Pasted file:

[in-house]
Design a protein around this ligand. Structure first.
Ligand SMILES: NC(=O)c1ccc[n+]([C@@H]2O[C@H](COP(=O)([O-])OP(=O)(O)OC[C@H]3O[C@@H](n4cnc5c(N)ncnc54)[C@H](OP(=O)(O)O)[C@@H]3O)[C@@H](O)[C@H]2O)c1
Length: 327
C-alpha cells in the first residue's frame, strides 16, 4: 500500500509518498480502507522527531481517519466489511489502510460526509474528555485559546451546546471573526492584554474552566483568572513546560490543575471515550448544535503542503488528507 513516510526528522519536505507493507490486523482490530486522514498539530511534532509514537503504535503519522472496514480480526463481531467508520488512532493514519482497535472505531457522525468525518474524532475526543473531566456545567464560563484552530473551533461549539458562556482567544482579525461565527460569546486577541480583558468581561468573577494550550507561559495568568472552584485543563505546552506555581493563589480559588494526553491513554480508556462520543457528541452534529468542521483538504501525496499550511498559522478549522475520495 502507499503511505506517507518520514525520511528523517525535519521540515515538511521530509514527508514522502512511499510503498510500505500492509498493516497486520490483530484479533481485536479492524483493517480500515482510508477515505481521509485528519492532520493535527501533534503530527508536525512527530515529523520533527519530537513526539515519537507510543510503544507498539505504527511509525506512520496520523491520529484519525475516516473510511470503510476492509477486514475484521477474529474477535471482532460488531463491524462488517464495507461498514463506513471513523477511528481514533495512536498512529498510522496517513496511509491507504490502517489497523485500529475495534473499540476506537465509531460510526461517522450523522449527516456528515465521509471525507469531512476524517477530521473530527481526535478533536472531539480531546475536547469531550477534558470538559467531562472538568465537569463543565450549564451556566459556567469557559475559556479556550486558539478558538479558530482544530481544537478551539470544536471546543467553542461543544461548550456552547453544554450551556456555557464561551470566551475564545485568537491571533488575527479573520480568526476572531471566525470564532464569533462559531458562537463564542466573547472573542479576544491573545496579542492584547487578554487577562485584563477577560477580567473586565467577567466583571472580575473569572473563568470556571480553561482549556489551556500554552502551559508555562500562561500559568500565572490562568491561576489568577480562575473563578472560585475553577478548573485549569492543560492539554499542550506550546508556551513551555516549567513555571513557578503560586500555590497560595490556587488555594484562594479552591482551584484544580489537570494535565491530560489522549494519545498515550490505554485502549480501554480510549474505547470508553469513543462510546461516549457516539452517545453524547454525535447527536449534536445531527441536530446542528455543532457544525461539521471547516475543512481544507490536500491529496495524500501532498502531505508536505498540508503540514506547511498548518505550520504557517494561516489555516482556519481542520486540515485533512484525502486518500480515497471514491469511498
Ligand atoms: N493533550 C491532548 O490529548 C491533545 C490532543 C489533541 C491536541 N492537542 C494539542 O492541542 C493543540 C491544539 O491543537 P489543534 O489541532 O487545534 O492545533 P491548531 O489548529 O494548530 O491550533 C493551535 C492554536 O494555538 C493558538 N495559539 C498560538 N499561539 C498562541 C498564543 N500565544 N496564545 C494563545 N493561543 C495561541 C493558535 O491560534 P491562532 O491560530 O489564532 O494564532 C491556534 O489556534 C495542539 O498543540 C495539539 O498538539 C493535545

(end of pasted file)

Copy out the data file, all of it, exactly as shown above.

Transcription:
[in-house]
Design a protein around this ligand. Structure first.
Ligand SMILES: NC(=O)c1ccc[n+]([C@@H]2O[C@H](COP(=O)([O-])OP(=O)(O)OC[C@H]3O[C@@H](n4cnc5c(N)ncnc54)[C@H](OP(=O)(O)O)[C@@H]3O)[C@@H](O)[C@H]2O)c1
Length: 327
C-alpha cells in the first residue's frame, strides 16, 4: 500500500509518498480502507522527531481517519466489511489502510460526509474528555485559546451546546471573526492584554474552566483568572513546560490543575471515550448544535503542503488528507 513516510526528522519536505507493507490486523482490530486522514498539530511534532509514537503504535503519522472496514480480526463481531467508520488512532493514519482497535472505531457522525468525518474524532475526543473531566456545567464560563484552530473551533461549539458562556482567544482579525461565527460569546486577541480583558468581561468573577494550550507561559495568568472552584485543563505546552506555581493563589480559588494526553491513554480508556462520543457528541452534529468542521483538504501525496499550511498559522478549522475520495 502507499503511505506517507518520514525520511528523517525535519521540515515538511521530509514527508514522502512511499510503498510500505500492509498493516497486520490483530484479533481485536479492524483493517480500515482510508477515505481521509485528519492532520493535527501533534503530527508536525512527530515529523520533527519530537513526539515519537507510543510503544507498539505504527511509525506512520496520523491520529484519525475516516473510511470503510476492509477486514475484521477474529474477535471482532460488531463491524462488517464495507461498514463506513471513523477511528481514533495512536498512529498510522496517513496511509491507504490502517489497523485500529475495534473499540476506537465509531460510526461517522450523522449527516456528515465521509471525507469531512476524517477530521473530527481526535478533536472531539480531546475536547469531550477534558470538559467531562472538568465537569463543565450549564451556566459556567469557559475559556479556550486558539478558538479558530482544530481544537478551539470544536471546543467553542461543544461548550456552547453544554450551556456555557464561551470566551475564545485568537491571533488575527479573520480568526476572531471566525470564532464569533462559531458562537463564542466573547472573542479576544491573545496579542492584547487578554487577562485584563477577560477580567473586565467577567466583571472580575473569572473563568470556571480553561482549556489551556500554552502551559508555562500562561500559568500565572490562568491561576489568577480562575473563578472560585475553577478548573485549569492543560492539554499542550506550546508556551513551555516549567513555571513557578503560586500555590497560595490556587488555594484562594479552591482551584484544580489537570494535565491530560489522549494519545498515550490505554485502549480501554480510549474505547470508553469513543462510546461516549457516539452517545453524547454525535447527536449534536445531527441536530446542528455543532457544525461539521471547516475543512481544507490536500491529496495524500501532498502531505508536505498540508503540514506547511498548518505550520504557517494561516489555516482556519481542520486540515485533512484525502486518500480515497471514491469511498
Ligand atoms: N493533550 C491532548 O490529548 C491533545 C490532543 C489533541 C491536541 N492537542 C494539542 O492541542 C493543540 C491544539 O491543537 P489543534 O489541532 O487545534 O492545533 P491548531 O489548529 O494548530 O491550533 C493551535 C492554536 O494555538 C493558538 N495559539 C498560538 N499561539 C498562541 C498564543 N500565544 N496564545 C494563545 N493561543 C495561541 C493558535 O491560534 P491562532 O491560530 O489564532 O494564532 C491556534 O489556534 C495542539 O498543540 C495539539 O498538539 C493535545